3. The county lacks the expertise to run a Commerce Park.

The county’s Economic Development and Tourism budget is just $20,000. Other counties spend hundreds of thousands of dollars just to promote their areas as ideal lcoations for business. Floyd County’s government, for all practical purposes, is broke.

The EDA, to its credit, crafted a performance agreement with DK3 that protected the county from the millions that Columbiana County, Ohio, lost in a data center deal with Paul Allen and his former company, B-Telecom. The legal fees that Floyd County will probably have to eat is far less than the $150,000 that operators of the Radford Arsenal spent in a failed deal with Allen and Byler.

But others who lost money in failed deals with these same promoters tell me they warned the county not to do business with Allen and his crew yet it appears those warnings were ignored.


Sadly, it is unlikely that Floyd County’s government, which is not known for its transparency, will ever deal publicly with these questions. If it does not, Floyd County’s government loses more than just money — it stands to lose the respect of those it is supposed to serve.

UPDATE: The Data Knight 365 web site, designed and hosted by Citizens Telephone in Floyd, disappeared from the Internet today (Dec. 3). The same thing happened to Paul Allen’s B-Telecom web site after that company was shut down by Ohio authorities earlier this year.

Previous stories on the data center issue:


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18 Responses

  1. You did their job for them. You exposed the shysters for what they were. Had you not been on the ball with your reporting, some Floyd County residents might have been rooked into investing in this scheme and the county government would have come out looking more like asses than they do now. At least you had your eye on the ball. I only wish our elected officials were as vigilant.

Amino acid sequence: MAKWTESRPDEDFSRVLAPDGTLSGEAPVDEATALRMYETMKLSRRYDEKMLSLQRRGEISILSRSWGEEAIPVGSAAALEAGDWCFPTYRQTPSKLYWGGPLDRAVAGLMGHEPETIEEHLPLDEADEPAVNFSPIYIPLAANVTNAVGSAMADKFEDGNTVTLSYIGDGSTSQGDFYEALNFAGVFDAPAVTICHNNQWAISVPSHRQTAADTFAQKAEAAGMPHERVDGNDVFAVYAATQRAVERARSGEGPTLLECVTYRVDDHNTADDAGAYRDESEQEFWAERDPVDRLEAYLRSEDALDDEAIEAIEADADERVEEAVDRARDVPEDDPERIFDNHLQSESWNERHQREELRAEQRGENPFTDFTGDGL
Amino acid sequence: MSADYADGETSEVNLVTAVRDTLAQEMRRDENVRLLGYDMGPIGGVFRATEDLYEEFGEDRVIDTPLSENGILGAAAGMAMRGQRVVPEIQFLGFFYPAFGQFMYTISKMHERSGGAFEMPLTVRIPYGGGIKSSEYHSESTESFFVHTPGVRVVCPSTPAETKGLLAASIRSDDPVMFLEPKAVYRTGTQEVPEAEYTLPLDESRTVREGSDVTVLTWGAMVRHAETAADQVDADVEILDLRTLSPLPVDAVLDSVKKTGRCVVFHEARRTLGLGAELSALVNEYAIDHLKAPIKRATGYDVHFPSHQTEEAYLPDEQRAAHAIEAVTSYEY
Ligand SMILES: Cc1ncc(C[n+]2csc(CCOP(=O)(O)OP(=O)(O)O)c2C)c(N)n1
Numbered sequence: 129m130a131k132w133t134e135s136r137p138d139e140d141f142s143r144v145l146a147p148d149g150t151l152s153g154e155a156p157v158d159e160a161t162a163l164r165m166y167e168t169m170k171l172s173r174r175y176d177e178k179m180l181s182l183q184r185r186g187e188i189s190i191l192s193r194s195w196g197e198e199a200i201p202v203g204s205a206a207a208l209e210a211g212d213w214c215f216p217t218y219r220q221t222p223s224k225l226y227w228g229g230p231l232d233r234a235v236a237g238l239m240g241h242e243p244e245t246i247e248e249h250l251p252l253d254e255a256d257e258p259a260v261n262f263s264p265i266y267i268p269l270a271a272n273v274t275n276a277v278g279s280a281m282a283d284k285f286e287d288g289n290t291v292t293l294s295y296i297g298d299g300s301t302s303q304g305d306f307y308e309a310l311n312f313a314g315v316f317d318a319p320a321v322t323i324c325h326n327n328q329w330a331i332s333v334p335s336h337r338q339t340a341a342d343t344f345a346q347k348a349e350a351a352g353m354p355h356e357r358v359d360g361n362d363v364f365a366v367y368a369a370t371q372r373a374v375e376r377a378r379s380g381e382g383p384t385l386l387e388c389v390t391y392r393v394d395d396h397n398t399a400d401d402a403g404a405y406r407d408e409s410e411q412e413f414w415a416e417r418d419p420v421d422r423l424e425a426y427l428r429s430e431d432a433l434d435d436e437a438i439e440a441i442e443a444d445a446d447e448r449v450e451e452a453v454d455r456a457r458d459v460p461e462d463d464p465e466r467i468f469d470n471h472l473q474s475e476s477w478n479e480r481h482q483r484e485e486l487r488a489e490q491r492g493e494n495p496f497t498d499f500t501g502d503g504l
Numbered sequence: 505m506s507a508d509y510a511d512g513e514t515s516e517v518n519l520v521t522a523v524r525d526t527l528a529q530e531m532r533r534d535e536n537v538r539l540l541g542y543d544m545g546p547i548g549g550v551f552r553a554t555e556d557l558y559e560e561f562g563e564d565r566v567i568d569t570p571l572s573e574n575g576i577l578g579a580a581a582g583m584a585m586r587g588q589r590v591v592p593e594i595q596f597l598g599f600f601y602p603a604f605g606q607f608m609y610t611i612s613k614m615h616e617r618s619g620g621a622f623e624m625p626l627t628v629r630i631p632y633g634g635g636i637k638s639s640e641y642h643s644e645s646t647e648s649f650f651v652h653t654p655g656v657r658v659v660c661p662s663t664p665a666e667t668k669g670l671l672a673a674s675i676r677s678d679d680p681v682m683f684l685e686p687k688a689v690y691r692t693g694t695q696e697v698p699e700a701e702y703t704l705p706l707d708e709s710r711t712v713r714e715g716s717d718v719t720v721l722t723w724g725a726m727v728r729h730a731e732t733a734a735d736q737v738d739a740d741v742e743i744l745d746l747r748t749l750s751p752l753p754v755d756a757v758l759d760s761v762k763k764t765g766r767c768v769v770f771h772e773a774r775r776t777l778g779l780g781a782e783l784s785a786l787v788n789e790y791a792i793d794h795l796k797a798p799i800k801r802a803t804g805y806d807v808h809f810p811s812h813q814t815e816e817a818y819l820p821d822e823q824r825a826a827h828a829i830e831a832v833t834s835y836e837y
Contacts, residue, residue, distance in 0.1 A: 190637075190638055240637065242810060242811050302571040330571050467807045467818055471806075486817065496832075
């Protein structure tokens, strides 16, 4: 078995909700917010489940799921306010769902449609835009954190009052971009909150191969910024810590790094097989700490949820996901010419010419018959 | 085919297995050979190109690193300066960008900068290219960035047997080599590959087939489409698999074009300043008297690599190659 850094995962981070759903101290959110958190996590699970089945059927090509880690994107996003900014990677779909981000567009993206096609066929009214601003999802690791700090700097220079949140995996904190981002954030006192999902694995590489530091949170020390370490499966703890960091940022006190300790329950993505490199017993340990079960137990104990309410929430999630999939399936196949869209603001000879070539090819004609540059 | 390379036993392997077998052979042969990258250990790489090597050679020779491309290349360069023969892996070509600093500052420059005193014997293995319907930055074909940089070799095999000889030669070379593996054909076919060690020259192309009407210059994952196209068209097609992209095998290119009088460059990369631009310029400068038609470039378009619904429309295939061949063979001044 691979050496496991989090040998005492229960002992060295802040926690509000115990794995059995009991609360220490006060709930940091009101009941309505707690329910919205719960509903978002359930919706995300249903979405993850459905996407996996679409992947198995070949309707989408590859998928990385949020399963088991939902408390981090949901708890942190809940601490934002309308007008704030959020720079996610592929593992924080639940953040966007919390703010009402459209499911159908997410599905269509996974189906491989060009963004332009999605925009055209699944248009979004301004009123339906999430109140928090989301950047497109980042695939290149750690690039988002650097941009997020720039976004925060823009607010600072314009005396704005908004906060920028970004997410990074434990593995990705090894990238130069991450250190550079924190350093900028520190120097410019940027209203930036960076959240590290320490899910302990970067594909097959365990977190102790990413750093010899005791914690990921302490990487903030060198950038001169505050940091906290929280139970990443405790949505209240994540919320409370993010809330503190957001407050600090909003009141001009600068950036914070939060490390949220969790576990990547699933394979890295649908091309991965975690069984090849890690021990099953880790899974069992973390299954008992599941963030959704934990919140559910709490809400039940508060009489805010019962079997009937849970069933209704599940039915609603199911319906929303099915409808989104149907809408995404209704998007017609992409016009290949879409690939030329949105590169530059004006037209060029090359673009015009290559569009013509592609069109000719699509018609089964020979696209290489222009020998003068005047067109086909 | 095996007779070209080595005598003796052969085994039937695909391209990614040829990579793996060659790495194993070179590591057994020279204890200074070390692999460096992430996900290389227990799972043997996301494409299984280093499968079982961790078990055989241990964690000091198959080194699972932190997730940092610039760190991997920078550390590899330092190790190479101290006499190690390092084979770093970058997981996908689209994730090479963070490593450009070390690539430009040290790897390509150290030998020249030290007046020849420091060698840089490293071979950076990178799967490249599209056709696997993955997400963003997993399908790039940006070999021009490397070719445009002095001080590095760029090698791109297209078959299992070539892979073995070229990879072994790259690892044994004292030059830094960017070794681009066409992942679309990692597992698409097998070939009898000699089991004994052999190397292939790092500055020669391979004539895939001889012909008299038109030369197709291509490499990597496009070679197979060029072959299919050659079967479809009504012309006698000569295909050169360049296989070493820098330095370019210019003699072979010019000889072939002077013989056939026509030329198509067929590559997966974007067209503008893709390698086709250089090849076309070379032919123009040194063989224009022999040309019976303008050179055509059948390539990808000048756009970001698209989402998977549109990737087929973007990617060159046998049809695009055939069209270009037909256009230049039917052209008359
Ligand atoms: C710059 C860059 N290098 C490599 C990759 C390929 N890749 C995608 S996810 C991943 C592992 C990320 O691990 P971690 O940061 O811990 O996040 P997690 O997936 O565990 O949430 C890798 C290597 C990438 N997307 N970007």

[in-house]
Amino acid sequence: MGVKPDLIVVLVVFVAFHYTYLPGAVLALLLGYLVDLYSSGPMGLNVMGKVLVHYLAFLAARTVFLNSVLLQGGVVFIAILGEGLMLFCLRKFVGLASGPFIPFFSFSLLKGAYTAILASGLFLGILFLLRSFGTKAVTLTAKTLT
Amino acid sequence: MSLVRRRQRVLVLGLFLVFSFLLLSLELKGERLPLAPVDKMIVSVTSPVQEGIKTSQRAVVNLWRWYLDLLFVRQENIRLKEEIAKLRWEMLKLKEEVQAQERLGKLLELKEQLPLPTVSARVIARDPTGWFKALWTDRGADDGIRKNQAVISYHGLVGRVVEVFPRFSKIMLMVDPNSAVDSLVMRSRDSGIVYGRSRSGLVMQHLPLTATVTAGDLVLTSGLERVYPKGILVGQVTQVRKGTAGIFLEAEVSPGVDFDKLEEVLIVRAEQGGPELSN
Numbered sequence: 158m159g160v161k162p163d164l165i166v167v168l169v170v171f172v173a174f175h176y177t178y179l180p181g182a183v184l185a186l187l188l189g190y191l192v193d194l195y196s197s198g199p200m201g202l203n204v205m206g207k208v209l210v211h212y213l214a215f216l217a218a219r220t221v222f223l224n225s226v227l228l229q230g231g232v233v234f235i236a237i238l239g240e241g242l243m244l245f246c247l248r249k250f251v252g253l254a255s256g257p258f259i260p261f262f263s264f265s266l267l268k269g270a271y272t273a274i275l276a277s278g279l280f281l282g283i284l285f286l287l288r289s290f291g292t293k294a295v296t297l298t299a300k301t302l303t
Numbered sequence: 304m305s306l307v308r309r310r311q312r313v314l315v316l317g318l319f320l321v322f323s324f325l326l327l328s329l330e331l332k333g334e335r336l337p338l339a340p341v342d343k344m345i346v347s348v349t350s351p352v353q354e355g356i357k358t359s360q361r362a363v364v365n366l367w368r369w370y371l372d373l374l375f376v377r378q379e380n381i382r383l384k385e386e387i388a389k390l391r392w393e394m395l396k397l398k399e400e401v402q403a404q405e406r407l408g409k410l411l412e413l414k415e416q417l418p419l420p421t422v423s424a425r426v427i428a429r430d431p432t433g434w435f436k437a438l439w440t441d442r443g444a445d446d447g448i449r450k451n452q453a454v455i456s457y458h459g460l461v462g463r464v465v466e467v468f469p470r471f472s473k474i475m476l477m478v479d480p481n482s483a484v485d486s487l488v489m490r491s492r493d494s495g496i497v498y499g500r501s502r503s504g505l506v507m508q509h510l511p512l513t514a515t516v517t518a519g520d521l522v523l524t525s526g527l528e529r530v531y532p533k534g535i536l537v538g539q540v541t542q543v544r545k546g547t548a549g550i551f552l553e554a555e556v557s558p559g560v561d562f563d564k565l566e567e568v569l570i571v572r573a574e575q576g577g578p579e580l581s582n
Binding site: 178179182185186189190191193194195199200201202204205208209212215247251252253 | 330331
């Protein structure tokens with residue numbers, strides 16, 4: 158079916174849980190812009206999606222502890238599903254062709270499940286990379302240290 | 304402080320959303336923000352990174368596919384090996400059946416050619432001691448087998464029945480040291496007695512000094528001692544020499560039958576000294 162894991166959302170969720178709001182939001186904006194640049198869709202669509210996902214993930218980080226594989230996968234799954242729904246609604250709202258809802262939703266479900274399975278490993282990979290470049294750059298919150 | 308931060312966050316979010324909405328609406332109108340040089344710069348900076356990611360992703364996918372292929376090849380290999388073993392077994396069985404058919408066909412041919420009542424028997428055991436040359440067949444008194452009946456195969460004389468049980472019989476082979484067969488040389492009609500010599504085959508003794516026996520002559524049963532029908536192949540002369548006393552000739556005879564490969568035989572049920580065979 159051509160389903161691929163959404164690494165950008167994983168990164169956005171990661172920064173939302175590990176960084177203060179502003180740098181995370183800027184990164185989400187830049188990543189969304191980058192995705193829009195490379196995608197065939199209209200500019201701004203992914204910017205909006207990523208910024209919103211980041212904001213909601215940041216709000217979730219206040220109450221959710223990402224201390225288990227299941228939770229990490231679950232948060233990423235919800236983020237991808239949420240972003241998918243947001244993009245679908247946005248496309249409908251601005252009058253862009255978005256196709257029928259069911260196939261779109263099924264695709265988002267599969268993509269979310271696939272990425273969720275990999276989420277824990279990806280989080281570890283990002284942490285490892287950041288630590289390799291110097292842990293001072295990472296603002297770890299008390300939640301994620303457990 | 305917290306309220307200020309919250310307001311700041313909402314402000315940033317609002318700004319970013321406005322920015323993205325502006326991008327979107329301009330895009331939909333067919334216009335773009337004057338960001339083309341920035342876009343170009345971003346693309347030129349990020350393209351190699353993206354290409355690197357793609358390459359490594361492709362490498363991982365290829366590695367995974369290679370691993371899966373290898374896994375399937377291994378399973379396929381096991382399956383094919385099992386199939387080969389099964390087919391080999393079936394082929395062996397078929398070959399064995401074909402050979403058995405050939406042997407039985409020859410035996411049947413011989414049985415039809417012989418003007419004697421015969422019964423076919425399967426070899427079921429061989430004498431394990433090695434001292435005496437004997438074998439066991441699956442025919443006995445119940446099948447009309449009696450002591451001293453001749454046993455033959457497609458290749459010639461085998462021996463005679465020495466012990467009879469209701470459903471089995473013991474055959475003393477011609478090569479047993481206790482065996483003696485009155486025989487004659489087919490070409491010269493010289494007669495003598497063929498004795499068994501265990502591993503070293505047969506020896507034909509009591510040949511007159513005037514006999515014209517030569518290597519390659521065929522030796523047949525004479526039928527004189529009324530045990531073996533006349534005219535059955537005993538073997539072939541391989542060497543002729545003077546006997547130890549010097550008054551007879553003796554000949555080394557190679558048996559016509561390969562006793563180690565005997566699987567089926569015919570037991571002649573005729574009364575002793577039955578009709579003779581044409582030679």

2. The answer to questions 1-4 is that our local officials are unarmed to deal with the amorphous issue of “Economic Development and Tourism…it’s that simple.

     Personally, after about 15 minutes of talking to him I knew, without a doubt, that his intentions were not what he said they were.  I have reason to suspect that his story shifted a little with each telling, but that’s the nature of his game.

    One thing that bears pointing our here….I feel confident that without your reporting on this issue he would have easily scored at every level, very easily.

  3. Our leaders let us down on the data center fiasco. Jack Russell should resign for the good of the county and the Board of Supervisors should launch an investigation into just how this happened.

  4. Citizens that expect improved services ought to be willing to pay for these services. Whether this is for garbage handling, animal control, fire and rescue or economic development we have volunteers, amateurs and other well meaning residents working to attract, promote and guide changes appropriate for our County. It seems critical to support public goals with the resources to satisfy the obligations inherent to the offices. This does not mean to remove the rolls of willing informed and committed volunteers.